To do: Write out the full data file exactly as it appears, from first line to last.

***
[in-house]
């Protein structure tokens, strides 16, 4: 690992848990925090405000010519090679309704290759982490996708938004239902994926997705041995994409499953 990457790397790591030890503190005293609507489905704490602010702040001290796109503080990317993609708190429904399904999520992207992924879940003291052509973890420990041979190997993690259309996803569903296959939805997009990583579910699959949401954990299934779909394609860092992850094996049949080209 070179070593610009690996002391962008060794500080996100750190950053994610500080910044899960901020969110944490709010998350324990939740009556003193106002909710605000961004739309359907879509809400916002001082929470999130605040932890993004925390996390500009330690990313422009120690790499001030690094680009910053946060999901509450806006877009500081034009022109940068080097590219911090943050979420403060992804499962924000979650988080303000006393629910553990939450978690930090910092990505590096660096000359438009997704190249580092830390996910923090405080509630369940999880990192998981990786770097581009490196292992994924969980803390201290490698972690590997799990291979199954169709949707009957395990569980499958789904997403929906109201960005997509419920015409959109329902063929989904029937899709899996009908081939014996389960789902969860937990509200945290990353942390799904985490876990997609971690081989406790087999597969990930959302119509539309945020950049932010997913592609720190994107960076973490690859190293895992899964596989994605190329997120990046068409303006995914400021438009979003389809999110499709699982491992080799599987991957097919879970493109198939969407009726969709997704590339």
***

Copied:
[in-house]
């Protein structure tokens, strides 16, 4: 690992848990925090405000010519090679309704290759982490996708938004239902994926997705041995994409499953 990457790397790591030890503190005293609507489905704490602010702040001290796109503080990317993609708190429904399904999520992207992924879940003291052509973890420990041979190997993690259309996803569903296959939805997009990583579910699959949401954990299934779909394609860092992850094996049949080209 070179070593610009690996002391962008060794500080996100750190950053994610500080910044899960901020969110944490709010998350324990939740009556003193106002909710605000961004739309359907879509809400916002001082929470999130605040932890993004925390996390500009330690990313422009120690790499001030690094680009910053946060999901509450806006877009500081034009022109940068080097590219911090943050979420403060992804499962924000979650988080303000006393629910553990939450978690930090910092990505590096660096000359438009997704190249580092830390996910923090405080509630369940999880990192998981990786770097581009490196292992994924969980803390201290490698972690590997799990291979199954169709949707009957395990569980499958789904997403929906109201960005997509419920015409959109329902063929989904029937899709899996009908081939014996389960789902969860937990509200945290990353942390799904985490876990997609971690081989406790087999597969990930959302119509539309945020950049932010997913592609720190994107960076973490690859190293895992899964596989994605190329997120990046068409303006995914400021438009979003389809999110499709699982491992080799599987991957097919879970493109198939969407009726969709997704590339």